You can add subtle beauty to a door, window, or room easily with decorative wood trim. Moldings (also called moldings and trims) are pieces of materials with an ornamental or decorative cross-sectional profile. Profiles are made up of convex and concave surfaces, with mixed planes and angles. These various surfaces produce different appearances in the way that light reflects off them. They can be stained or painted to complement or contrast adjacent surfaces. Moldings are formed from wood, composite wood, plaster, plastic, rigid foam, medium density fibreboard (MDF), and even masonry materials.

The most affordable and least expensive moldings are formed from wood and wood fibers. The wood can come from softwood (coniferous) trees, such as spruce, fir, and pine, or from hardwood (deciduous) trees such as poplars, maples, and cherry trees. The most expensive moldings are made of hardwood and are generally reserved for furniture and cabinets. Moldings made from medium density fibreboard (MDF) are less expensive. MDF is made from wood fibers combined with resins and is placed under pressure to form a material that can be easily molded with common tools. It is important that MDF trim is not used where moisture problems can arise, such as in a bathroom or near a basement floor. “Finger joined” moldings are a slightly more expensive alternative to MDF. The “finger joined” moldings are made from short pieces of wood that have been machined at the ends in a pattern that resembles interlocking fingers, glued together at the ends, and then run through a molding machine to create the finished profile. The finger joints can be seen if they are stained, so painting is clearly the best finishing option. The moldings serve many purposes. They are primarily used to make an attractive seamless transition where different surface materials or angles meet. Moldings are considered highly decorative and their use can add unique aspects to rooms, doors, windows, and mantels. They can also be used to cover or hide problem areas and to protect softer surfaces.

Moldings are available in thousands of profiles, however they can be classified into just a few groups, depending on where they are used in a room: floors, doors, walls, windows, and ceilings. Base moldings are generally found at the “base” of a wall where it meets the floor. The base caps are placed on a square table and give the combination a more elegant look. Shoe molds are used where the base plate and the floor meet, which helps protect the base plate and covers up any unsightly gaps between the floor and the base plate. Chair rails are typically placed on the wall, approximately level with the top of the back of a chair. Although chair rails are commonly used for decoration, their name comes from the fact that they protect the walls from being damaged when the chairs are slid back. Chair rails can also be used to finish the top of wainscoting, a type of paneling that covers the bottom three or four feet of a wall. Windows and doors can really stand out when they are “framed” with case trim. The window stool can be added to the bottom of a window, and the aprons under the stool really complete the effect. Picture molding is typically applied a few inches below the top of a wall, and its name comes from the fact that people used to hang pictures from it with wire and picture hooks. This was the best way to display pictures in old houses with plaster walls, where it was not practical to use nails. Crown molding is usually placed at the top of a wall, where the wall and ceiling meet. The moldings that you will most often find here are crown molding. Crown molding is always “suspended”, which means that the back edges are beveled so that they can be positioned where non-parallel surfaces meet. They are used to cover large angles.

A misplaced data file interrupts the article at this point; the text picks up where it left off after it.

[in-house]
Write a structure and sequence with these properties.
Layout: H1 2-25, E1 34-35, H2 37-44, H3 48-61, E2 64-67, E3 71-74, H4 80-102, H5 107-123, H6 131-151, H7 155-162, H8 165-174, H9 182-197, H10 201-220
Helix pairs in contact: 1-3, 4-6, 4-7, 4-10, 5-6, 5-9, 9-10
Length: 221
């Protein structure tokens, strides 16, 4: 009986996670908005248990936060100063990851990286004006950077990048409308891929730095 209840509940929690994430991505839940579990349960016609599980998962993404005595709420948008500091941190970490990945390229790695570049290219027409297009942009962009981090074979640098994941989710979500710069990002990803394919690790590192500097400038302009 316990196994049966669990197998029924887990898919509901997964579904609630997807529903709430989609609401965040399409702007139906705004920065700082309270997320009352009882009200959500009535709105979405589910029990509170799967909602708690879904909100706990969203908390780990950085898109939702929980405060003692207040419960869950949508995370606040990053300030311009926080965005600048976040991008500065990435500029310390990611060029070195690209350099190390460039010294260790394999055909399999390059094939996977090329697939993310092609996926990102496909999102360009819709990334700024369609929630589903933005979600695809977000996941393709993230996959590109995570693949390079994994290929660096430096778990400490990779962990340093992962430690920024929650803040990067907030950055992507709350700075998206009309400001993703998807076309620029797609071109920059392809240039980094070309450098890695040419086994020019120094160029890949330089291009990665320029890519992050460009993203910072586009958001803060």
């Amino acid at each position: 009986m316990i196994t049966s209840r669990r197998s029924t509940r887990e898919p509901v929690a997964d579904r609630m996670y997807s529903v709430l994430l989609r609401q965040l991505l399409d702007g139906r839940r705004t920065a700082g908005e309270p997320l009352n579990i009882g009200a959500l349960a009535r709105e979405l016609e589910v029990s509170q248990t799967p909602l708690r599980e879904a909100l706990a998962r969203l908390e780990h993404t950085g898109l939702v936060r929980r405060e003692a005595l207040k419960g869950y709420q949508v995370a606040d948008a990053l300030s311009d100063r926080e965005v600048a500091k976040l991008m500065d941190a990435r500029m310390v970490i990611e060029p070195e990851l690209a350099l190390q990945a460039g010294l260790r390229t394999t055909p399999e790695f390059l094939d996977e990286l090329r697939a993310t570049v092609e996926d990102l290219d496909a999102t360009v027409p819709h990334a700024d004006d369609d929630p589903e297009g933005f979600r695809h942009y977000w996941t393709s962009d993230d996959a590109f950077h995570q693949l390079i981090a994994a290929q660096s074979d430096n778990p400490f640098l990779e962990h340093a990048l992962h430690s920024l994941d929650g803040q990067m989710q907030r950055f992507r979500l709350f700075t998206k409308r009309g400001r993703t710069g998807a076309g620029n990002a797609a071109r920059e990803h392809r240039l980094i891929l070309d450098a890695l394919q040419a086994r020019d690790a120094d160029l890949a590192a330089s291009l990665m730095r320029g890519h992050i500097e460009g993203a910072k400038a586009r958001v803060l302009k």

There are literally hundreds of different crown patterns and the combinations are practically limitless. Base boards and aprons can be worn behind the top and bottom of a molded crown to make it look more solid and extend your coverage. Crowns can be “built” from multiple patterns, and other types of trim can be added for different effects.

Moldings can be used on the exterior of houses and structures, as well as on the interior. Rake moldings are used where ceilings have a slope or “rake”. Tile trim is placed under the edges of shingle roofs, creating a more visually pleasing appearance than flat boards and helping to support shingles that extend beyond the roof deck. Bed moldings are narrow, spring or flat moldings for the same purpose as crowns. Brick moldings are used as exterior cladding for windows and doors. It is a thick block molding that provides a surface for brick or other exterior cladding, such as siding, to bond together. Drip caps have an angled profile that allows the trim to sit on top of a window or door frame and carry water outside. It usually has a small cove at the bottom to prevent water from running into the structure. Today, most people prefer a non-rotting material for exterior trim. PVC (polyvinyl chloride), fiber cement or composite wood made from recycled plastic and wood fibers are the most preferred materials, due to their low maintenance and reasonable cost.

Whatever your structural project, trim can be used to enhance the appearance of windows, doors, and walls. They can be used to cover any space where building materials and wood products do not fully bond together, and provide a uniform appearance where unsightly cracks may have been present. Visually pleasing transitions can be formed where different angles meet and with a little thought and effort and a few inexpensive tools, trim can add a truly beautiful look to any new construction or home improvement project.

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